I came home from getting my hairs cut yesterday and saw the ListenIllinois website on displayed on my monitor. After adding 2 and 2, I figured that my father-in-law, who was crashing at our place for a few days, was looking at which books are available. He has recently retired, but before he did he was an avid audiobook listener when he traveled for work. Evidently he’s listened to nearly 1,000 books on tape and CD. (!) Now that he’s traveling for fun full-time, he needs some sort of audiobook solution that doesn’t include having to return materials on time. That’s what the new 60GB iPod sitting on the desk is for. He really must trust me, leaving that thing around. I won’t be able to put any library audio eBook content on his iPod. ListenIllinois runs on authorized-only Audible compatible players. And if you’ve read any of the audio eBook conversation going on, you know that content from OverDrive and Recorded Books – soon to be integrated into ListenIllinois’ catalog – won’t work on iPods because they are Windows Media Audio files.
Ok, I know that libraries shouldn’t alienate iPod users (it is kinda sad that the state librarian of Hawaii had to apologize to iPod users) and I know that libraries
should still be circulating players and books to patrons but I don’t want to get into that discussion here.*
What interested me about all of this was his assumption about how audio ebooks from a library would work. Moments like these are insights into how people think libraries operate and are valuable.
One very simple way to manufacture these moments of insight is to listen to your users. When they ask something about the library, or have an incorrect assumption, it isn’t because they’re stupid, its because they have different expectations of the library. If one person thinks that, for instance, your public computers ought to have WordPerfect as well as Word, maybe more people feel the same way. And maybe this is because Dell, one of the top (quantity-wise) producers of PCs in the world stopped providing as many pre-installed copied of MS Office on computers, and rather includes WordPerfect (true story). Take these expectations seriously, because they just might be logical, employ the path of least resistance, or save the time of the reader.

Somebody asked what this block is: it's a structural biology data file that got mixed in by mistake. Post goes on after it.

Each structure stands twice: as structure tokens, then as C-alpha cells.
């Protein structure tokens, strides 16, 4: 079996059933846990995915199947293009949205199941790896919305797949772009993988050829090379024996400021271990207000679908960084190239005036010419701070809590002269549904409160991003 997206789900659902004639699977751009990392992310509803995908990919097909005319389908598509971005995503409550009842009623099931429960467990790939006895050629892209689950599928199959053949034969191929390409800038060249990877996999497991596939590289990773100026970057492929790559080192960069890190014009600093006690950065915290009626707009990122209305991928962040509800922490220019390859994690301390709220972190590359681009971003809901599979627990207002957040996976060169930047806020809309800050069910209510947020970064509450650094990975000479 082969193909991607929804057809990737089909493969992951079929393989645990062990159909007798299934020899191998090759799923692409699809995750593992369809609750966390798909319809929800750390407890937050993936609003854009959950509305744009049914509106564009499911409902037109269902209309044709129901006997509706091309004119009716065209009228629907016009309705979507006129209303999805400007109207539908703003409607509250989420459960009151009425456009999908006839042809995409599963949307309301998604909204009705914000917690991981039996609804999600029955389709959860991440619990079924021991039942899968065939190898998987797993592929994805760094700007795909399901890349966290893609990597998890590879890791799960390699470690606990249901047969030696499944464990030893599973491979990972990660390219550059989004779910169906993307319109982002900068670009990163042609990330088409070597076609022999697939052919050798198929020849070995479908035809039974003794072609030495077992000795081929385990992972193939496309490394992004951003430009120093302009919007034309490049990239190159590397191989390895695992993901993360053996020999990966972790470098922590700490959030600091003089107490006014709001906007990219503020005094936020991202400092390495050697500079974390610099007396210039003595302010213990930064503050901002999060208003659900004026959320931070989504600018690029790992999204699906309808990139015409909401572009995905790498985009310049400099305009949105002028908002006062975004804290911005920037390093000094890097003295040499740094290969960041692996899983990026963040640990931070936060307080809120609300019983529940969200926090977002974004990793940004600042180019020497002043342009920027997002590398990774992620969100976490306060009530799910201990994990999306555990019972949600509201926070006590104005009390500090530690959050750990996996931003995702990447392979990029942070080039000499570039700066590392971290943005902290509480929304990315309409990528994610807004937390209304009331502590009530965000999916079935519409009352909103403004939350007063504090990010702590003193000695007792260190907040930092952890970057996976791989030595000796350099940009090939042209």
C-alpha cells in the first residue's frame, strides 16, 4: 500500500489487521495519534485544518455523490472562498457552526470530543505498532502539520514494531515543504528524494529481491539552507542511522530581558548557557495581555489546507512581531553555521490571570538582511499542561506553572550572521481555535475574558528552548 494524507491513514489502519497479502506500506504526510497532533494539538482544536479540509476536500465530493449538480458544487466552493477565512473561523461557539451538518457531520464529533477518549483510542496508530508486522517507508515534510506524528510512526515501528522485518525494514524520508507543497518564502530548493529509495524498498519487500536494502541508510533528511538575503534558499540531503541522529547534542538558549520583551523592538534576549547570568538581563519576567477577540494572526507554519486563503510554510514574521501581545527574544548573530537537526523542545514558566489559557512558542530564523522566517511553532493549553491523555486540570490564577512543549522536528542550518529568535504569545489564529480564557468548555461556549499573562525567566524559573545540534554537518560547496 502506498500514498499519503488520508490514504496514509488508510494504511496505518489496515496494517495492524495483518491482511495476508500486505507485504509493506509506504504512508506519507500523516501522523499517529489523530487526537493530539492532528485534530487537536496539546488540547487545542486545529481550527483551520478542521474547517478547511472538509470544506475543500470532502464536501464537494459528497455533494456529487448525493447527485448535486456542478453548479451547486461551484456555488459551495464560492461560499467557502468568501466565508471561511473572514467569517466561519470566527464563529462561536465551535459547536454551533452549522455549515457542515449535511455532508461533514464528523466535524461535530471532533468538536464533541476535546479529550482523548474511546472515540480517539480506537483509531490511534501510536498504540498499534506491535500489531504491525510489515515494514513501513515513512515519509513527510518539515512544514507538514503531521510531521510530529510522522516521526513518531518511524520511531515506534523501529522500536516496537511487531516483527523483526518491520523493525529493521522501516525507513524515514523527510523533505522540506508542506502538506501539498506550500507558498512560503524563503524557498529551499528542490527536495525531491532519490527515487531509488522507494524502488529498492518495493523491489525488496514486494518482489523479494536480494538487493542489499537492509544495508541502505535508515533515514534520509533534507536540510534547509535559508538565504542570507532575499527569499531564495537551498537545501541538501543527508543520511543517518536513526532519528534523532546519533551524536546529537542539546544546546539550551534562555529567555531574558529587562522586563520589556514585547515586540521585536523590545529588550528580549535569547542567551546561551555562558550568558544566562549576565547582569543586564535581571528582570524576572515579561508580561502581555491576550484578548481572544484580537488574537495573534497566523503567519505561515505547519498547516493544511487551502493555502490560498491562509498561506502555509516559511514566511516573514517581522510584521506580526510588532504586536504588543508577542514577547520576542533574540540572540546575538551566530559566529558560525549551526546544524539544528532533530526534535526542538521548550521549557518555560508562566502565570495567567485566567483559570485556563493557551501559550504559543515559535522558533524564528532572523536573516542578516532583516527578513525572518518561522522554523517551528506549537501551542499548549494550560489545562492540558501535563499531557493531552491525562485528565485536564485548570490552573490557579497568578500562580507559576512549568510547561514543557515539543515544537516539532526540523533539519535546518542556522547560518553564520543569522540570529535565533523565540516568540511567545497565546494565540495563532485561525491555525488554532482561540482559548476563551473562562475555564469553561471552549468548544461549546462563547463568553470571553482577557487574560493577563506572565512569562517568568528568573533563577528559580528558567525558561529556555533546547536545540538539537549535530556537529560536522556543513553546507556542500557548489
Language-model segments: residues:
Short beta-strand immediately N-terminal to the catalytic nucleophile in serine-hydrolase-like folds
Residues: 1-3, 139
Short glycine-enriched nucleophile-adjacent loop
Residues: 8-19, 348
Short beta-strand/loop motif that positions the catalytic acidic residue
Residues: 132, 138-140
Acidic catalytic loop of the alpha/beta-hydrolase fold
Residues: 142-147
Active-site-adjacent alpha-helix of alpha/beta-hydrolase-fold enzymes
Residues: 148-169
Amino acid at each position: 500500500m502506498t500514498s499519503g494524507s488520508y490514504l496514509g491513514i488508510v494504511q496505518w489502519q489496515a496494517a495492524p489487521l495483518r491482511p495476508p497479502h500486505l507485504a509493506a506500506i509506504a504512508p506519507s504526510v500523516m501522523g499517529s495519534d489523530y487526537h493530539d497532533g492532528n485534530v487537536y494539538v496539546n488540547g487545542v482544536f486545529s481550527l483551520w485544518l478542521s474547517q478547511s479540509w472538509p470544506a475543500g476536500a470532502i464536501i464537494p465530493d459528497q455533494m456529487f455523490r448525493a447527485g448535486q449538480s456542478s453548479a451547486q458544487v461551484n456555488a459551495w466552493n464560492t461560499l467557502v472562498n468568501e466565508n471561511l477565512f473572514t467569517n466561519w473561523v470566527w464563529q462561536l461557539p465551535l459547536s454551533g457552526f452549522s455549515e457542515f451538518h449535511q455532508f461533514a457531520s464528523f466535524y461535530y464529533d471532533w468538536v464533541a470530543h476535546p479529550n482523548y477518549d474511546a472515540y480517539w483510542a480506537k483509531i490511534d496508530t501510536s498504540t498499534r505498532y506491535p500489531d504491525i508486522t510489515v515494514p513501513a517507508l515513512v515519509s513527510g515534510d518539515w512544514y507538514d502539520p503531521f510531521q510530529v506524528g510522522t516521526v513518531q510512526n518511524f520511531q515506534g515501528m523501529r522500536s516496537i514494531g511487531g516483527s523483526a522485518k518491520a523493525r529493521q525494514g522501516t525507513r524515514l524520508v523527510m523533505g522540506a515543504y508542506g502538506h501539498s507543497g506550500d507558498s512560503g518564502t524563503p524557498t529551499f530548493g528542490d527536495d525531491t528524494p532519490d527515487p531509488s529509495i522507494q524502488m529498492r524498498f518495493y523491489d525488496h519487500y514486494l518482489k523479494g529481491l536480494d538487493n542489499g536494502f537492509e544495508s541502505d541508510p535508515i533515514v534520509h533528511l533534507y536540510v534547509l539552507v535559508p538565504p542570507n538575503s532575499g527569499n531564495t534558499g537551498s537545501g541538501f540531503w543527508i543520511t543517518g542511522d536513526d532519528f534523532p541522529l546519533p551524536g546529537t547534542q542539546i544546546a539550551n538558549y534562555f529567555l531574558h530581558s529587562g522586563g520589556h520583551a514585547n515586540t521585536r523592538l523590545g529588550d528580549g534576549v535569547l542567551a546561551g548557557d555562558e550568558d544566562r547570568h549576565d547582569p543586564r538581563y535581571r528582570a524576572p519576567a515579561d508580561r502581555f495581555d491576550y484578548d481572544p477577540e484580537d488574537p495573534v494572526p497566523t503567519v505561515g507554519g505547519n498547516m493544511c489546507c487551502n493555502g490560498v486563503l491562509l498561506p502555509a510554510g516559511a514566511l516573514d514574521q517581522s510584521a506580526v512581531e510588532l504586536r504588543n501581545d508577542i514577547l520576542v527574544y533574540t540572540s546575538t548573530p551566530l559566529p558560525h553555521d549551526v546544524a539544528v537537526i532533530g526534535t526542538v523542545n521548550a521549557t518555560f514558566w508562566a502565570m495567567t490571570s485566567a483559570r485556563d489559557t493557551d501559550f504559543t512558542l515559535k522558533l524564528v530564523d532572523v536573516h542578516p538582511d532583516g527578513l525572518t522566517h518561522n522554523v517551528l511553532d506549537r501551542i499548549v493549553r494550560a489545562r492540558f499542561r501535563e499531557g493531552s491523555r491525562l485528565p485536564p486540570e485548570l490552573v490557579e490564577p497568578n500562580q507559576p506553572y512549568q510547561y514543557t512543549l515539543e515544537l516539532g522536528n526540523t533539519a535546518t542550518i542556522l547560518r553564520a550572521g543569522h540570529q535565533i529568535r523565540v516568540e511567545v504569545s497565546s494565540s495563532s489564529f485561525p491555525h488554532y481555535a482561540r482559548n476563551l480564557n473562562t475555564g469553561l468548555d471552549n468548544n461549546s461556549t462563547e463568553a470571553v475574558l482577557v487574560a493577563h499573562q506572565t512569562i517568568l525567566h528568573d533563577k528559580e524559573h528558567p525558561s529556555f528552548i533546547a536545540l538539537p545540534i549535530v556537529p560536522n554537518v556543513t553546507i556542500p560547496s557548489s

*Okay, maybe I want to have that conversation here. Much like J.K. Rowling’s piracy-begging refusal to release a HP6 eBook (HP6 scanned, proofread, and online in 12 hours after being released) and her piracy-begging exorbitant price for a HP6 audio eBook (bootlegs HP6 audiobook available) all of this audio eBook DRM madness is going to force me to, guess what? To meet the audiobooks needs of my father-in-law, I’ll either rip books from CD to MP3, download from people who have already done this, or, if I’m really desperate, burn Overdrive content to CD, then rip to MP3.
The thing that really, really gets to me about this situation (and our OPAC situation) is how we’re pretty much forced to endure the whimsy of the industry (and deal with many institutionalized hurdles). Let’s not let this impotence lead to apathy, pretty please?